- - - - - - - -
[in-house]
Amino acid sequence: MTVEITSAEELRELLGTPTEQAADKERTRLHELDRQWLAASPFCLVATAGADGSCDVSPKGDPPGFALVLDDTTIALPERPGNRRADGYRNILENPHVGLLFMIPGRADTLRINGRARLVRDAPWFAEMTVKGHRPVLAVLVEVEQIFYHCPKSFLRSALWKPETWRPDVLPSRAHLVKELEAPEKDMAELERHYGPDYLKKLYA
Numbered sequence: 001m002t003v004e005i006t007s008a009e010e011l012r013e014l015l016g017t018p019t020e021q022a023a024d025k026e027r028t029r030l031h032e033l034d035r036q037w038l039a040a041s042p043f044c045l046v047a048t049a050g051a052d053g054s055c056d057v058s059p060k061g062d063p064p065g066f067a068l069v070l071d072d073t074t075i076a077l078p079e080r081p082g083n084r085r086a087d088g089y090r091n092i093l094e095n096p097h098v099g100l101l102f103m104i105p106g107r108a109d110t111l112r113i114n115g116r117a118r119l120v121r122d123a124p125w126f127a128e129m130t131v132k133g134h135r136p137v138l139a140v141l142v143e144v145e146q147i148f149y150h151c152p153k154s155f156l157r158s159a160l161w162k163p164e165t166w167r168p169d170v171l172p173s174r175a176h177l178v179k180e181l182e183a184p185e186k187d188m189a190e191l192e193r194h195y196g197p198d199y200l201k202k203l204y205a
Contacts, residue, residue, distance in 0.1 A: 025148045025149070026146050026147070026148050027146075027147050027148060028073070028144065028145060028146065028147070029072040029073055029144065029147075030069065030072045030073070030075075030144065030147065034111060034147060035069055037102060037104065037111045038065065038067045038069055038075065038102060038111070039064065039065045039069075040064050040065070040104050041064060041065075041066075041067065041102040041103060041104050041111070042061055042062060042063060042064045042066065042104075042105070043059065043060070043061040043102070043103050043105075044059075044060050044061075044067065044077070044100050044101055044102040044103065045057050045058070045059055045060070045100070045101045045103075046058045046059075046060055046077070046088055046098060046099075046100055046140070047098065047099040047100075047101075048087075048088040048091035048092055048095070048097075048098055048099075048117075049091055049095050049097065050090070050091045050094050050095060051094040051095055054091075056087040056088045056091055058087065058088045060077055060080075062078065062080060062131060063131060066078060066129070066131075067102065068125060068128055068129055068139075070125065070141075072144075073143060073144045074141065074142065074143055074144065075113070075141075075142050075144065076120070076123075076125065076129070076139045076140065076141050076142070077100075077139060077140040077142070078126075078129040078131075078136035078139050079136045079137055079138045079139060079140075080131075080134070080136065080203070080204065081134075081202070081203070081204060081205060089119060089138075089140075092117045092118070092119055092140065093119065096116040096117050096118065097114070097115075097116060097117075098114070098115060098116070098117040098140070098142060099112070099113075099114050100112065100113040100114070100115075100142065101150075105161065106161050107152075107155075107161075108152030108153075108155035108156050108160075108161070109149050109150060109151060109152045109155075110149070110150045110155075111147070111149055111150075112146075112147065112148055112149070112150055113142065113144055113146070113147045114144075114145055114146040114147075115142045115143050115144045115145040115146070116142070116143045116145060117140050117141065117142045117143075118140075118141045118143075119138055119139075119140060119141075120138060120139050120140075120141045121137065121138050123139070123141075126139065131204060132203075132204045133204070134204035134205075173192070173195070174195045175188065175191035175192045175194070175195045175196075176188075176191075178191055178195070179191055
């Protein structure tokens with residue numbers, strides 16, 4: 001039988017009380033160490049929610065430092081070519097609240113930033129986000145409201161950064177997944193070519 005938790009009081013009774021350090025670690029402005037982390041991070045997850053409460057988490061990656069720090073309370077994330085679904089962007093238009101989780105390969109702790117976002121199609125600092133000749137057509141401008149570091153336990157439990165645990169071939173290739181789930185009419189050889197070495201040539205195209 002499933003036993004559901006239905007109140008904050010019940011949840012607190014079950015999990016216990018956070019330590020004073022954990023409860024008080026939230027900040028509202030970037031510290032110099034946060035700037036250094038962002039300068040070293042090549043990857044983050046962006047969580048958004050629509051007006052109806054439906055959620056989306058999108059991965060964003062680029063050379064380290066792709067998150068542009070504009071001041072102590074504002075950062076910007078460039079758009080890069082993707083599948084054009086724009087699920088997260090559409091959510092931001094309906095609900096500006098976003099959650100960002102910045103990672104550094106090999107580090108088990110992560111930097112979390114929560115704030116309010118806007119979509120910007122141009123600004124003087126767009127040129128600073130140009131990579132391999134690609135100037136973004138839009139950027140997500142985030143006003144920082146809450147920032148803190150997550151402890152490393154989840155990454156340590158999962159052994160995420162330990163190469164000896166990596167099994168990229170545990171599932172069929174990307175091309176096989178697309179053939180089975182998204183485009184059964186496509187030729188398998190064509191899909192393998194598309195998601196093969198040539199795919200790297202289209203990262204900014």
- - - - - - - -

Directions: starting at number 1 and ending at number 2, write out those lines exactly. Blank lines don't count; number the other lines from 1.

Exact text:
[in-house]
Amino acid sequence: MTVEITSAEELRELLGTPTEQAADKERTRLHELDRQWLAASPFCLVATAGADGSCDVSPKGDPPGFALVLDDTTIALPERPGNRRADGYRNILENPHVGLLFMIPGRADTLRINGRARLVRDAPWFAEMTVKGHRPVLAVLVEVEQIFYHCPKSFLRSALWKPETWRPDVLPSRAHLVKELEAPEKDMAELERHYGPDYLKKLYA